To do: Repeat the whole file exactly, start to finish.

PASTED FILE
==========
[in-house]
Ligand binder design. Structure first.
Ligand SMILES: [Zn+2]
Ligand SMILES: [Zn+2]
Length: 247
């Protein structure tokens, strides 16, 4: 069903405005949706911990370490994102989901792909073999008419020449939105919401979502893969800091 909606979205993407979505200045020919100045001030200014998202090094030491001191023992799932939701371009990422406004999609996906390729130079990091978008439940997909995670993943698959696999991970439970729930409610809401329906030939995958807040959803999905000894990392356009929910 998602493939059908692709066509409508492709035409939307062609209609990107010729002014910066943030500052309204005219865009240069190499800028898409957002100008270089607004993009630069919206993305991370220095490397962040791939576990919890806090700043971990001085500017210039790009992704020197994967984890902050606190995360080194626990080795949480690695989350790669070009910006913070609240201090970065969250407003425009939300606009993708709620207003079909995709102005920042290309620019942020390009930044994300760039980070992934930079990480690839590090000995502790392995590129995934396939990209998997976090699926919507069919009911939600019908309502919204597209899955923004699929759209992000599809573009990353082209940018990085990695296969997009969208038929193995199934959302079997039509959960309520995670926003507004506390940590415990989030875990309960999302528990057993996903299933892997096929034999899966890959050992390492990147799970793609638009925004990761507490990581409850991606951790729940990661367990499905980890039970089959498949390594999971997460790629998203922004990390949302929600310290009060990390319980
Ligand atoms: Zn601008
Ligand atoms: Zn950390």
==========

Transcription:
[in-house]
Ligand binder design. Structure first.
Ligand SMILES: [Zn+2]
Ligand SMILES: [Zn+2]
Length: 247
């Protein structure tokens, strides 16, 4: 069903405005949706911990370490994102989901792909073999008419020449939105919401979502893969800091 909606979205993407979505200045020919100045001030200014998202090094030491001191023992799932939701371009990422406004999609996906390729130079990091978008439940997909995670993943698959696999991970439970729930409610809401329906030939995958807040959803999905000894990392356009929910 998602493939059908692709066509409508492709035409939307062609209609990107010729002014910066943030500052309204005219865009240069190499800028898409957002100008270089607004993009630069919206993305991370220095490397962040791939576990919890806090700043971990001085500017210039790009992704020197994967984890902050606190995360080194626990080795949480690695989350790669070009910006913070609240201090970065969250407003425009939300606009993708709620207003079909995709102005920042290309620019942020390009930044994300760039980070992934930079990480690839590090000995502790392995590129995934396939990209998997976090699926919507069919009911939600019908309502919204597209899955923004699929759209992000599809573009990353082209940018990085990695296969997009969208038929193995199934959302079997039509959960309520995670926003507004506390940590415990989030875990309960999302528990057993996903299933892997096929034999899966890959050992390492990147799970793609638009925004990761507490990581409850991606951790729940990661367990499905980890039970089959498949390594999971997460790629998203922004990390949302929600310290009060990390319980
Ligand atoms: Zn601008
Ligand atoms: Zn950390």